The recent announcements by CBS and HBO to start selling content directly to consumers mark the beginning of the end for the bundling of cable TV stations. Now consumers can choose between different tiers of programming but are locked into all channels within a tier. Time Warner Cable in Cary NC has starter TV with 20+ channels (mostly local channels and CSPAN), standard TV with 70+ channels and preferred TV with 200+ channels.
The average person ends up paying for lots of channels that are never watched. Cable cutters have moved to Hulu, Netflix and Amazon Prime. These outlets provide plenty of content but they do not include (1) live sports and (2) the latest shows on premium channels. This is now changing; it will not be long before the other major networks and premium channels match CBS and HBO.
The tough question: will buying the stations you want a la carte save you money? This WSJ piece argues that the answer will be yes in a single person household where only a few channels get watched. But in a multi-generational household with varying tastes, the old cable bundle may start to look pretty good.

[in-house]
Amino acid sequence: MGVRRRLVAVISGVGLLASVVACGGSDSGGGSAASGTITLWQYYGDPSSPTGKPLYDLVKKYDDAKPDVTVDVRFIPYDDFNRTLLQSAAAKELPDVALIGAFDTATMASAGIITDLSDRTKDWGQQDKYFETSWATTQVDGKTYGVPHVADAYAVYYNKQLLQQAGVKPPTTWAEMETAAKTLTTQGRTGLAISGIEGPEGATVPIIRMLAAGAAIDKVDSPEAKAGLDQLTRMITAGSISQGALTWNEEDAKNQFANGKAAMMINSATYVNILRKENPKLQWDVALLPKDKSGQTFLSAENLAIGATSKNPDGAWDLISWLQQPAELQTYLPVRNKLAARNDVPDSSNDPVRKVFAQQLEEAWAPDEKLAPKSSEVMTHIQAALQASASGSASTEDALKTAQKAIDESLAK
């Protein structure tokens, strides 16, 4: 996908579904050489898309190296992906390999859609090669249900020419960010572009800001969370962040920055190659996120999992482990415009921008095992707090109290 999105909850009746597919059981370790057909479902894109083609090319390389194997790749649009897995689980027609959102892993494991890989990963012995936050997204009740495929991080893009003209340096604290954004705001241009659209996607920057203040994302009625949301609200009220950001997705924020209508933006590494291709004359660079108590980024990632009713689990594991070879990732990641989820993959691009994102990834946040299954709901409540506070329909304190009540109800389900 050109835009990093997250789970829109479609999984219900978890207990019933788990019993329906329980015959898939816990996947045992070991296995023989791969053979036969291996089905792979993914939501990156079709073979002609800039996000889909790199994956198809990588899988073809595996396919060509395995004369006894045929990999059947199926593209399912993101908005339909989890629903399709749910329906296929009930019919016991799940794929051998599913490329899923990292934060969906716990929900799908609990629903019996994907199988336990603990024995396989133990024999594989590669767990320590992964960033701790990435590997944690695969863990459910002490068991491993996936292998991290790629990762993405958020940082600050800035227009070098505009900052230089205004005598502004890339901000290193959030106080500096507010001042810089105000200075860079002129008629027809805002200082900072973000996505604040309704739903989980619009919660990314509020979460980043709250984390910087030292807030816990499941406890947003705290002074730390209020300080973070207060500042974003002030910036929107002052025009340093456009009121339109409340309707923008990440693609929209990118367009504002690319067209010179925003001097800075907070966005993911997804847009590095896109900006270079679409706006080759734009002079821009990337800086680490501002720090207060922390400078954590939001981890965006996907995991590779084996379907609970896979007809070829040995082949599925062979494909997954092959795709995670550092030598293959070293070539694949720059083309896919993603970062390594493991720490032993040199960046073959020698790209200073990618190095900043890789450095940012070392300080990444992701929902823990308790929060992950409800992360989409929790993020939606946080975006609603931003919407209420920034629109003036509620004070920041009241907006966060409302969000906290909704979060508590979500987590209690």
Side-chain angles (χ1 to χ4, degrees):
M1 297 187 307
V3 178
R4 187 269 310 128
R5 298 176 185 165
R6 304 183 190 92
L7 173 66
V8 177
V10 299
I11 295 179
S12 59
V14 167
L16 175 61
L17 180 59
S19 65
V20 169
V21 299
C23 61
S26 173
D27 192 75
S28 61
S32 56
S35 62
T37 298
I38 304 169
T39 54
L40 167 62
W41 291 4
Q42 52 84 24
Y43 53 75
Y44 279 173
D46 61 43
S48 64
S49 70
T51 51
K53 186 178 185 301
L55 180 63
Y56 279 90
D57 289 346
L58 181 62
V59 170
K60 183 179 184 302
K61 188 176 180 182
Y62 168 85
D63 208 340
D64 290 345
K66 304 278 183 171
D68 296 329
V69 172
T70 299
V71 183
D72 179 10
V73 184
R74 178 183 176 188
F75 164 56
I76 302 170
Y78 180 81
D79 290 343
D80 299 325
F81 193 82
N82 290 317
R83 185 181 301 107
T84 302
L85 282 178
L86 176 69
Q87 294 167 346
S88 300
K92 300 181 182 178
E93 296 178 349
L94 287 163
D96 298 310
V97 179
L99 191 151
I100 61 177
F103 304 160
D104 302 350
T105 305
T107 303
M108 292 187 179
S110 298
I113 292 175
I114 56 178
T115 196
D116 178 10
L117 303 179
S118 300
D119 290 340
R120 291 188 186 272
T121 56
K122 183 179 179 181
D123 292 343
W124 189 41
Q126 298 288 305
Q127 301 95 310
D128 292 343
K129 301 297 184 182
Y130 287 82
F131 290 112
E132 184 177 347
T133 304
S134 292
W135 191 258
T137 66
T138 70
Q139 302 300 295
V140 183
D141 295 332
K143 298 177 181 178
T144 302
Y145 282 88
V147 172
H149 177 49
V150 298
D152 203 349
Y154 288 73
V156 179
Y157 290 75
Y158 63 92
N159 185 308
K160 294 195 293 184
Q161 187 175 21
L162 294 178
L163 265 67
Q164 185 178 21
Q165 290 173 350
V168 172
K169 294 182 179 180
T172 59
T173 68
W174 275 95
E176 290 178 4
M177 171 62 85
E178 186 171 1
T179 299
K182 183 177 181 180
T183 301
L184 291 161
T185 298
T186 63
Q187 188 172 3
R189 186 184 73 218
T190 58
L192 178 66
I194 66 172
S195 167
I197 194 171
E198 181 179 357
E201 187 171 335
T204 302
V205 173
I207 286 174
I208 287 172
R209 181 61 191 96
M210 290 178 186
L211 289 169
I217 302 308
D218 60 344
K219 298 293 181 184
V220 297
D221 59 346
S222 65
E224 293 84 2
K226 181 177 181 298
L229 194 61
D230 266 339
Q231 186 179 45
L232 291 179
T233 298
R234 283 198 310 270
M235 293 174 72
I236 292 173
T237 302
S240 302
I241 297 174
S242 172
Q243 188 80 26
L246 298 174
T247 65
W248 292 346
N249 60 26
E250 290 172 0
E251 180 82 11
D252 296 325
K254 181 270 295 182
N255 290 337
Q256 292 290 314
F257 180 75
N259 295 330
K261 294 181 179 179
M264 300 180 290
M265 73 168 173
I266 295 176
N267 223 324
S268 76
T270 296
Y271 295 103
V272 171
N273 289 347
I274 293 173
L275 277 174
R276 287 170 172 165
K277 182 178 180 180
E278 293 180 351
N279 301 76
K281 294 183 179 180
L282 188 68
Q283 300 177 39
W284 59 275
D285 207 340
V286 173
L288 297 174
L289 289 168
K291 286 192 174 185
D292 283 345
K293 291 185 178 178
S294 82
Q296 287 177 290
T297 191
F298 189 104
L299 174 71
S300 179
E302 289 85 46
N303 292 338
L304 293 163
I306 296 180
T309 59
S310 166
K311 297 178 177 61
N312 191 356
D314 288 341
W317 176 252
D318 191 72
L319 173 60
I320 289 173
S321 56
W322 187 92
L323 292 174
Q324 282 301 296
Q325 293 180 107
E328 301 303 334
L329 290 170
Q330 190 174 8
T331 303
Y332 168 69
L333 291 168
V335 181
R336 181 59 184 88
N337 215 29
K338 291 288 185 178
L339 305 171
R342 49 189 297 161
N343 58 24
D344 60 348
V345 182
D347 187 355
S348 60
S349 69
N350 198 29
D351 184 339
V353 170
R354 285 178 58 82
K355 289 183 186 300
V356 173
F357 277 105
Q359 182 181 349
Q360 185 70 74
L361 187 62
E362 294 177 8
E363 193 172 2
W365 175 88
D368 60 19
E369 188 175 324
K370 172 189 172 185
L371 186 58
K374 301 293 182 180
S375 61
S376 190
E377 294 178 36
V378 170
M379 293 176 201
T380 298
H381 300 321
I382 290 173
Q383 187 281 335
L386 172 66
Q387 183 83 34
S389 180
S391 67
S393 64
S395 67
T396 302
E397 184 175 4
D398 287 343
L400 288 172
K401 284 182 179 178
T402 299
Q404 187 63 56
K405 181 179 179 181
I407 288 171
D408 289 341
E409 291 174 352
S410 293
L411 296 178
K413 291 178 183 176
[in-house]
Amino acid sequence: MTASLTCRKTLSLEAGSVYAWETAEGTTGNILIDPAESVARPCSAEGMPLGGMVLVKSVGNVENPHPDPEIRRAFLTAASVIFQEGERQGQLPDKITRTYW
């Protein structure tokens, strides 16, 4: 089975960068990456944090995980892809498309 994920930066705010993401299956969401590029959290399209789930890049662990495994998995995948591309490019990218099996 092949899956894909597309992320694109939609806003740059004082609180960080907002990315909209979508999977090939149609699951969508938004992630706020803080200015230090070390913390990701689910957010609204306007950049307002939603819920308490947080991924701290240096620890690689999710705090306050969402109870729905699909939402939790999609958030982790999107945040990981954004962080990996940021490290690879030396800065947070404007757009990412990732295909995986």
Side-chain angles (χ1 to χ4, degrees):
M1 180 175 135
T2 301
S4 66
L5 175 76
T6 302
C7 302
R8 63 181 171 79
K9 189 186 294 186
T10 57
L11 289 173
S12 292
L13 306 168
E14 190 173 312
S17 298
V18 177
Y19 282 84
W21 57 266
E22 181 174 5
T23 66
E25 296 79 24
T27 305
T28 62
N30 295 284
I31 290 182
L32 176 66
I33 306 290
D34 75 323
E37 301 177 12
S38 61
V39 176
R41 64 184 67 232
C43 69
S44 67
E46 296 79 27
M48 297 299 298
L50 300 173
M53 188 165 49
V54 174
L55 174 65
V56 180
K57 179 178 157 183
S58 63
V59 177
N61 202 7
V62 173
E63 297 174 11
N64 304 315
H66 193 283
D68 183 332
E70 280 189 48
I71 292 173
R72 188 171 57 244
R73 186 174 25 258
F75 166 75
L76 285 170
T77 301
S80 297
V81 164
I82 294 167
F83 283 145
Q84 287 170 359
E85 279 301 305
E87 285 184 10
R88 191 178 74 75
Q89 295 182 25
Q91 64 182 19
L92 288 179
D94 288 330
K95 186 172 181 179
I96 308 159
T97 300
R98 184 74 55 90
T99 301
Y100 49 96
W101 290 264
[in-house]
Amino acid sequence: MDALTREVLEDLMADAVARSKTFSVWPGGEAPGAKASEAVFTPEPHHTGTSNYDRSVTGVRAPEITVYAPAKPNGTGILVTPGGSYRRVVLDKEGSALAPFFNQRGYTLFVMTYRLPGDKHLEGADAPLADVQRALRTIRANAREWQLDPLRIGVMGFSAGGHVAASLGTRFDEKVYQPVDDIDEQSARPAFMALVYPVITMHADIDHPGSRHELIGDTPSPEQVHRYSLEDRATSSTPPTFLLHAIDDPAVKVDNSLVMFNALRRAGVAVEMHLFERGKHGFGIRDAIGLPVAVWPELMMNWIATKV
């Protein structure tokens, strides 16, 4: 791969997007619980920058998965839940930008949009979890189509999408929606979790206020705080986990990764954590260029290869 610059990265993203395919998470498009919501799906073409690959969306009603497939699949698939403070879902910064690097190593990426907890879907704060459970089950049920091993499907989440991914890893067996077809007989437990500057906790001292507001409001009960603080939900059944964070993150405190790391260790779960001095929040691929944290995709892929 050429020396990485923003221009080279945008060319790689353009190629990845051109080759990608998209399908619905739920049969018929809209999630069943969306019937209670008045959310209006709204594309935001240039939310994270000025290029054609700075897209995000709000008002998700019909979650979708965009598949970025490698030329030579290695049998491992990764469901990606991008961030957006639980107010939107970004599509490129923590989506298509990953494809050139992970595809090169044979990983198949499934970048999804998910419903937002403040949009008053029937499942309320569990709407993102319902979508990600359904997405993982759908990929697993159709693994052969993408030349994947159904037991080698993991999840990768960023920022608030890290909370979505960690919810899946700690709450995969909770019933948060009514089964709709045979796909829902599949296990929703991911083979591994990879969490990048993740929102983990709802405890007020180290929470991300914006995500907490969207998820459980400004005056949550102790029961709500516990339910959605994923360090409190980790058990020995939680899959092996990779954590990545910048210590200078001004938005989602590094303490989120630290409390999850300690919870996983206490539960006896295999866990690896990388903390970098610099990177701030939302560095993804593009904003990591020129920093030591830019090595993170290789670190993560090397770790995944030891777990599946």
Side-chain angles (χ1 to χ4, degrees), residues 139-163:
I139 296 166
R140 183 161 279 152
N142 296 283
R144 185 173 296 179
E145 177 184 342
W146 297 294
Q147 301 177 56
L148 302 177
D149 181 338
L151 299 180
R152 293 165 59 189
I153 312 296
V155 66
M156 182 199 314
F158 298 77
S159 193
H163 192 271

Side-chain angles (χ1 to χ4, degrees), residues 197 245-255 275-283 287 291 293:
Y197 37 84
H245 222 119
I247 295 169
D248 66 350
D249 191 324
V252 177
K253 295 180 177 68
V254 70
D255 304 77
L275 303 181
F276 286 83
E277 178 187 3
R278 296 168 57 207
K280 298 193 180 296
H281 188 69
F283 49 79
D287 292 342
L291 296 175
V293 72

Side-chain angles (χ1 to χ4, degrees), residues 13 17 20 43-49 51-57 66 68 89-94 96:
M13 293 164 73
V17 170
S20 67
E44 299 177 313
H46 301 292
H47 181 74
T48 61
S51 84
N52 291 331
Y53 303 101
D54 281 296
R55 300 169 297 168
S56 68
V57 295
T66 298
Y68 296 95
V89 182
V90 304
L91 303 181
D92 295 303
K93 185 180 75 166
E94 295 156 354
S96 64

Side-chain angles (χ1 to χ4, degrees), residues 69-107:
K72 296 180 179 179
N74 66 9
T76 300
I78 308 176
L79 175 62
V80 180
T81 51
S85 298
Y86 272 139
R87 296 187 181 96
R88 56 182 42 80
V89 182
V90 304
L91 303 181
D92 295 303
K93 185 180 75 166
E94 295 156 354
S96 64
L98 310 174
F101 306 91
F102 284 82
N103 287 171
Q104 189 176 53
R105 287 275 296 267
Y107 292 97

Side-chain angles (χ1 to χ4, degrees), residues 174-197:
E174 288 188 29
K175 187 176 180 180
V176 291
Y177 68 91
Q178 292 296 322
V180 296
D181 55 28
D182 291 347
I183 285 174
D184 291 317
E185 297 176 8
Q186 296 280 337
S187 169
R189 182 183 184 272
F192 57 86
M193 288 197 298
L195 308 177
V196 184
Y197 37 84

Another key issue: households still need an internet connection to watch online content, even if they drop cable. Is there enough competition between cable, DSL and satellite broadband services to keep internet subscription costs down? If not, cable companies will raise their fees for internet service to make up for lost revenue from cable channels.
Finally, if cable cutting becomes widespread then expect many channels to vanish (will we be able to survive without VH1 Classic?) and others have to raise prices significantly to cover costs. ESPN collects about $5.50 from every cable customer, regardless of whether they ever watch it. The unbundled version will create pain: either it will end up costing a lot more or college and professional sports may have to learn to get by on less revenue.
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